One of the five FAANG stocks that has led the market over the last decade, Alphabet (GOOG -4.50%) (GOOGL -4.44%) is a household name, thanks to products like Google Search and YouTube. However, the stock has pulled back during the broader market sell-off this year as investors have grown concerned about how a recession and a slowdown in digital advertising sales could impact the company.
Has this year's 30% or so decline created a good opportunity for investors to buy shares of Alphabet, or should they stay away?
The bull case: A great company at a great price
Jeremy Bowman: A buy thesis doesn't have to be complicated, and Alphabet is just the kind of stock you don't want to overthink.
The company owns one of the most powerful businesses in the world: Google Search. It's an essential internet utility across much of the world. "To Google" has long since become a verb, showing its powerful mindshare, and it has a near monopoly in search with a roughly 90% market share outside of China.
Search is also a profit machine for Alphabet, and one that requires little investment. It's the linchpin in the Google Services segment, which generated $22.8 billion in operating income in the second quarter -- with an operating margin of 36.2%. The search business itself was likely even more profitable.
Alphabet's other segments outside of services are actually losing money: Both Google Cloud and its "Other Bets" businesses operate at losses. However, that seems more like an opportunity, as Google Cloud should eventually grow into profitability, and the Other Bets segment could use more cost discipline.
Alphabet stock is on sale now, down roughly a third from its peak a year ago, and trades at a price-to-earnings ratio of just 18. If you back out the company's cash hoard of $124 billion, that ratio is closer to 16, cheaper than the S&P 500's 19.3. Additionally, the company is aggressively buying back stock, with $28.5 billion in repurchases in the first half of the year. It makes sense for it to be aggressive with buybacks, considering the now-lower share price.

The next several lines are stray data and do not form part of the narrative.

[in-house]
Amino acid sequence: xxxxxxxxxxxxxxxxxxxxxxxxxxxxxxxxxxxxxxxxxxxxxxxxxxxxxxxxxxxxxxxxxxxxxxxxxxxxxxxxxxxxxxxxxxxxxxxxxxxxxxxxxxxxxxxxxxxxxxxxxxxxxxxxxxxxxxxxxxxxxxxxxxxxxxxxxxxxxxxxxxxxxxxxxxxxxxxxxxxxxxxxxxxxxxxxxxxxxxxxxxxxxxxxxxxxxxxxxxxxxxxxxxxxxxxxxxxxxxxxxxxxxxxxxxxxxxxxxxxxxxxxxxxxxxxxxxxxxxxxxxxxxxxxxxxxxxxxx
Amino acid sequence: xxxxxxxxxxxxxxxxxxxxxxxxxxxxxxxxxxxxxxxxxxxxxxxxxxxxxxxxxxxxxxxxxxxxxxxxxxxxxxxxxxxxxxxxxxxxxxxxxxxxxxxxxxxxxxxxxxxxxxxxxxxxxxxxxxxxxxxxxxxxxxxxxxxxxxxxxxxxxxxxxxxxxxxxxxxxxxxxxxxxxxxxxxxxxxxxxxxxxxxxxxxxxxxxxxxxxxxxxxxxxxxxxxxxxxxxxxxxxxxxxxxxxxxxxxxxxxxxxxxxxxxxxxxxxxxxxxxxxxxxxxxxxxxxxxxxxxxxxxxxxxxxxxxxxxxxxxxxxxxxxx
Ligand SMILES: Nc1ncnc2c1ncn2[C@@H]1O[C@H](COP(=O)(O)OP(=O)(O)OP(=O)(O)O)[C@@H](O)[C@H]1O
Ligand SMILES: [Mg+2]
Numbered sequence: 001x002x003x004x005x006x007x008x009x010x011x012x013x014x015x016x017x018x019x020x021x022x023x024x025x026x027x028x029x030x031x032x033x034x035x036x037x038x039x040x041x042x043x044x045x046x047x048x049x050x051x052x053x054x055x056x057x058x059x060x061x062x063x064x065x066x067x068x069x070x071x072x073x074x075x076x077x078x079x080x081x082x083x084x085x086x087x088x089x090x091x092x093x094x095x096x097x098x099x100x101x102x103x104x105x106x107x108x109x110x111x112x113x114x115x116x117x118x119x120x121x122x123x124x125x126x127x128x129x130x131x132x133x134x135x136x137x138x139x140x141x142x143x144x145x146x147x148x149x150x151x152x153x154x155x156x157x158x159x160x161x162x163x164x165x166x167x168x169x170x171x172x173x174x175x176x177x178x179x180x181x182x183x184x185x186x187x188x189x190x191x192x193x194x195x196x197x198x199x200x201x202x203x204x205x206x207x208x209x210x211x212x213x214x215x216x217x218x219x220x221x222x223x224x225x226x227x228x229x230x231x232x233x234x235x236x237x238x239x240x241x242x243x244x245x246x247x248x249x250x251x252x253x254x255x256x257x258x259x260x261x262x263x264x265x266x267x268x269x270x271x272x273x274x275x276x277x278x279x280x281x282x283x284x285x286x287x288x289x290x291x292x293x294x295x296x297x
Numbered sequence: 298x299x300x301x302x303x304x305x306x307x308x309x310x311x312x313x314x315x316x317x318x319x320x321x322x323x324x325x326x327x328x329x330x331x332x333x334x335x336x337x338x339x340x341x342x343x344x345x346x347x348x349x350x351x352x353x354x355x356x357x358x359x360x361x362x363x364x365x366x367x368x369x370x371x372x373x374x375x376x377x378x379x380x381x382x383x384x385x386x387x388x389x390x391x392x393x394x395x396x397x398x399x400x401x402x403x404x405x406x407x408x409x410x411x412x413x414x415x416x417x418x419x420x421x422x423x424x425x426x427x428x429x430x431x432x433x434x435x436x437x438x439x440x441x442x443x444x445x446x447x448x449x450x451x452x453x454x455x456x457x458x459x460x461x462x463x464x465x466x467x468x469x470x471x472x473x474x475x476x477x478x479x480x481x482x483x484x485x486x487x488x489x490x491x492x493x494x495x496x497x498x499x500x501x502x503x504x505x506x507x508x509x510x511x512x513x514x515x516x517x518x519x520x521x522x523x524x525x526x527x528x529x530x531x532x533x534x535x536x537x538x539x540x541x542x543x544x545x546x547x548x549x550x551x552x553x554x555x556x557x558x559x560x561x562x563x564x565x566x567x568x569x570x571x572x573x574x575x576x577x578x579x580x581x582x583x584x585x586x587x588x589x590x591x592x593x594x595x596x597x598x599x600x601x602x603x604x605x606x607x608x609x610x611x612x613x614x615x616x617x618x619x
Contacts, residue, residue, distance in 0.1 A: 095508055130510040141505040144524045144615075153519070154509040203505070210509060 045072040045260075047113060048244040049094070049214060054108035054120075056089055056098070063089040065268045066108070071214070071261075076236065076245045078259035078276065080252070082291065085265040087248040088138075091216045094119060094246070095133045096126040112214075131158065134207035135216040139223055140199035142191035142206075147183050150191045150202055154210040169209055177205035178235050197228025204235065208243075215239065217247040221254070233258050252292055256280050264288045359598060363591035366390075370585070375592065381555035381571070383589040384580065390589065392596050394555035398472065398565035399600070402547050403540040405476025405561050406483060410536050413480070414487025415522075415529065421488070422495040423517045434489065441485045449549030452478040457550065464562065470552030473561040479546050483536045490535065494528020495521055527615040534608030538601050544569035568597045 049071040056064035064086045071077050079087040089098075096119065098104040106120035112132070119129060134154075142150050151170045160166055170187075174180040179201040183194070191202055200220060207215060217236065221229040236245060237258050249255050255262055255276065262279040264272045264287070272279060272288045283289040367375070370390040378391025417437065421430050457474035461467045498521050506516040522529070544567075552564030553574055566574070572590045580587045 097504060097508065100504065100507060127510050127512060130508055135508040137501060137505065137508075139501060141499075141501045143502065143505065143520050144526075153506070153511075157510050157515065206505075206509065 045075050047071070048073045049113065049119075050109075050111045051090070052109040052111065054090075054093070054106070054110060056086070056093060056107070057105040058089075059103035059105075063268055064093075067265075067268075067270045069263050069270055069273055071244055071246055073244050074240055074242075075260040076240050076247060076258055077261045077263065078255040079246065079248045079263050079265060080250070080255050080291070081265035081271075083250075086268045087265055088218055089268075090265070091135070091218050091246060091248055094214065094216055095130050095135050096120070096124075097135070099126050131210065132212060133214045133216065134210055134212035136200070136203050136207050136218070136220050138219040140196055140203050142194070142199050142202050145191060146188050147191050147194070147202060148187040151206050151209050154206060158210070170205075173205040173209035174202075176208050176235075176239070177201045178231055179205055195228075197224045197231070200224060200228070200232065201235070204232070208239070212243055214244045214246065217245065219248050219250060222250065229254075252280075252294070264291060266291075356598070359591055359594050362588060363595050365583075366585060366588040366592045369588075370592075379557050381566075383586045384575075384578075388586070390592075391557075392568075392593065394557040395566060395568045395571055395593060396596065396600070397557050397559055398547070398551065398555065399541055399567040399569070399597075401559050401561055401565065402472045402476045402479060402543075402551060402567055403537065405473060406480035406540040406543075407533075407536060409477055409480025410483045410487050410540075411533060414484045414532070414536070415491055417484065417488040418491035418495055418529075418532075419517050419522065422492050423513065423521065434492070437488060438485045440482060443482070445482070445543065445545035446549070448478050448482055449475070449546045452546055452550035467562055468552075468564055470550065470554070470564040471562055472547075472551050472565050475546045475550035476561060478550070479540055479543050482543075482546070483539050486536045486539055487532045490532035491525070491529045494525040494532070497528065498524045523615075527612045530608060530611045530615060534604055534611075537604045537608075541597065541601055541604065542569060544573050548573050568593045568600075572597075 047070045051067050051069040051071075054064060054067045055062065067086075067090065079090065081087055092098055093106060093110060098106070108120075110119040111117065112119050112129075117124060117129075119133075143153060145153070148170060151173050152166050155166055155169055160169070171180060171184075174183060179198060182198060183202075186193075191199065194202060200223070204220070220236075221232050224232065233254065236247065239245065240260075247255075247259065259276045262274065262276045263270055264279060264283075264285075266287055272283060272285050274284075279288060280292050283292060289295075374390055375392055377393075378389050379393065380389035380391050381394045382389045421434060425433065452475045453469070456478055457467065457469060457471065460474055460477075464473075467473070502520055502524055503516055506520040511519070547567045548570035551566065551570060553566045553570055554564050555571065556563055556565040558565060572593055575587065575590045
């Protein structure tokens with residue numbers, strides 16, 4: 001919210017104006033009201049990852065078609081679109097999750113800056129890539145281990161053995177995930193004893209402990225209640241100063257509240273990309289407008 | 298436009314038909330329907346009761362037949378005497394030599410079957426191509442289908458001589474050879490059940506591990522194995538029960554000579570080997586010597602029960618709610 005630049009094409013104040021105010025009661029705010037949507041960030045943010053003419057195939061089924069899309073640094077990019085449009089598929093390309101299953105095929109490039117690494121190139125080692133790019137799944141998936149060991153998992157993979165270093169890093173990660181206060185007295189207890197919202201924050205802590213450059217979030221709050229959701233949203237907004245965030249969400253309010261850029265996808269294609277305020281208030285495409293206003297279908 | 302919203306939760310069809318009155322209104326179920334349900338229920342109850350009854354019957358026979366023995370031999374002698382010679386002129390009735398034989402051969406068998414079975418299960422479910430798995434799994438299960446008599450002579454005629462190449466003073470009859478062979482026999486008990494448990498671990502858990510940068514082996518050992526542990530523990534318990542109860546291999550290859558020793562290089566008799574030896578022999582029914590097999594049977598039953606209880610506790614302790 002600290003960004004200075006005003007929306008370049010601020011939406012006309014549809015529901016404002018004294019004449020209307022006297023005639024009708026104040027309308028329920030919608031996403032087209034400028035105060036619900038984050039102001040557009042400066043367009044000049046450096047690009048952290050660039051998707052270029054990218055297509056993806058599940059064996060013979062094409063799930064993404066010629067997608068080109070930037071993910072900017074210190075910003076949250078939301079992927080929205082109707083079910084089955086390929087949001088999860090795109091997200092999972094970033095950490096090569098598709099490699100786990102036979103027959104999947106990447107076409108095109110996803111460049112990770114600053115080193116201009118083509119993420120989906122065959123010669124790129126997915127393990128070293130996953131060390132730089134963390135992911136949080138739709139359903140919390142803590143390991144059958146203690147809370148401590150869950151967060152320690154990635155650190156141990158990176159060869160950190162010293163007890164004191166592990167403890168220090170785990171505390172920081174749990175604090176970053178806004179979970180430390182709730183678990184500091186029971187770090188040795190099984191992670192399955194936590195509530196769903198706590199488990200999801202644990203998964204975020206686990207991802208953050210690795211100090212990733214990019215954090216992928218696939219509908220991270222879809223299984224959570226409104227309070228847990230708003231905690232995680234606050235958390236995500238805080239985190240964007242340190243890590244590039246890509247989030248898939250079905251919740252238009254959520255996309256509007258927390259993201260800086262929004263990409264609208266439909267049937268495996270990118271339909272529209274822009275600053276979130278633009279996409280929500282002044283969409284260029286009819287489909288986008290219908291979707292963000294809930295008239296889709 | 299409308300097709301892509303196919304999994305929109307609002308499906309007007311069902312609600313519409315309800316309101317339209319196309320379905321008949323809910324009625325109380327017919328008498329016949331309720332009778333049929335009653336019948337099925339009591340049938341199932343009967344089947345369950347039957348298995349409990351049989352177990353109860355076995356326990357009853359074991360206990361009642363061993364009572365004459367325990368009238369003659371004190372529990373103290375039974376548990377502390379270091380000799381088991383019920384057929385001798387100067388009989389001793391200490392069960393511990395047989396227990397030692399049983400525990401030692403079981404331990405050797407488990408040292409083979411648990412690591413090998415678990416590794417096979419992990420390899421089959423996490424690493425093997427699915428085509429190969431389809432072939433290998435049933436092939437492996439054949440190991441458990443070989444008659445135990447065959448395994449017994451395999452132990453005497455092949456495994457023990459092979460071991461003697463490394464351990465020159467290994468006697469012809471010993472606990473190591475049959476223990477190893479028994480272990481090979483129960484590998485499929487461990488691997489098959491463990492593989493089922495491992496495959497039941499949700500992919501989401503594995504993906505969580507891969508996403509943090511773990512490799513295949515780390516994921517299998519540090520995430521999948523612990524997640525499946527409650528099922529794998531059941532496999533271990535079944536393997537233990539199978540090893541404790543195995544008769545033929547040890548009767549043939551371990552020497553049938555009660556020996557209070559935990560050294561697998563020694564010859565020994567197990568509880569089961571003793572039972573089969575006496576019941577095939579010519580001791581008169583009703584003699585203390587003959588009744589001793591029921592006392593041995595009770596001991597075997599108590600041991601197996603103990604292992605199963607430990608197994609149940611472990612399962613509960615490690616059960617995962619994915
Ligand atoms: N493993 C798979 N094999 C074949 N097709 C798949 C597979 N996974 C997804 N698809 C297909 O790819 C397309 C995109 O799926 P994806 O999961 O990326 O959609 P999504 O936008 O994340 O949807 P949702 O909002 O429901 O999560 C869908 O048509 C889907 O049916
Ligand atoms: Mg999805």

Alphabet may not have a license to print money, but it has the next closest thing: a virtual monopoly in a massive market. It also has room for growth, wide profit margins, and a cheap valuation. Now would be an excellent time to buy this stock.
The bull case: Watch out for macroeconomic pressures and regulatory risks
Keith Noonan: Alphabet is a strong company, but there are negative catalysts ahead that could cause the stock to underperform, and even bullish investors should weigh the risks carefully.
While the S&P 500 has fallen by roughly 23% this year, Alphabet's share price is down by about 30%, and it could continue to lag the benchmark index if conditions in the broader market remain turbulent.
Even though Alphabet doesn't look exorbitantly valued at roughly 20 times this year's expected earnings, it's still a growth-dependent tech stock. Inflation remains at levels not seen in 40 years, and tech stocks could continue to experience outsized sell-offs if the Federal Reserve keeps hiking interest rates rapidly in its effort to get that situation under control. Alphabet's core business could also weaken in the face of other macroeconomic headwinds.
Last quarter, digital advertising accounted for roughly 81% of Alphabet's overall revenue. While the digital ad space looks poised for growth over the long term, it's possible that a prolonged recession or other macroeconomic pressures will soften demand in the nearer term. Businesses often cut down on marketing and advertising budgets during recessionary periods and when the economic outlook is uncertain, and a challenging macro backdrop could mean weaker sales and earnings growth for Alphabet.
In addition to the risk of a business slowdown or pressures shaping the market at large, developments on the regulatory front could depress Alphabet's valuation. The company enjoys incredibly strong positions in digital advertising and mobile, but its leadership in these categories has also drawn government scrutiny, and the company faces antitrust suits in the U.S. and Europe. Thus far, the tech giant has an impressive track record when it comes to navigating these types of challenges, but unfavorable antitrust judgments or other shifts in the regulatory climate could have substantial negative impacts on its share price.
Alphabet is a great company overall, but investors should understand there are still risk factors that could derail the stock.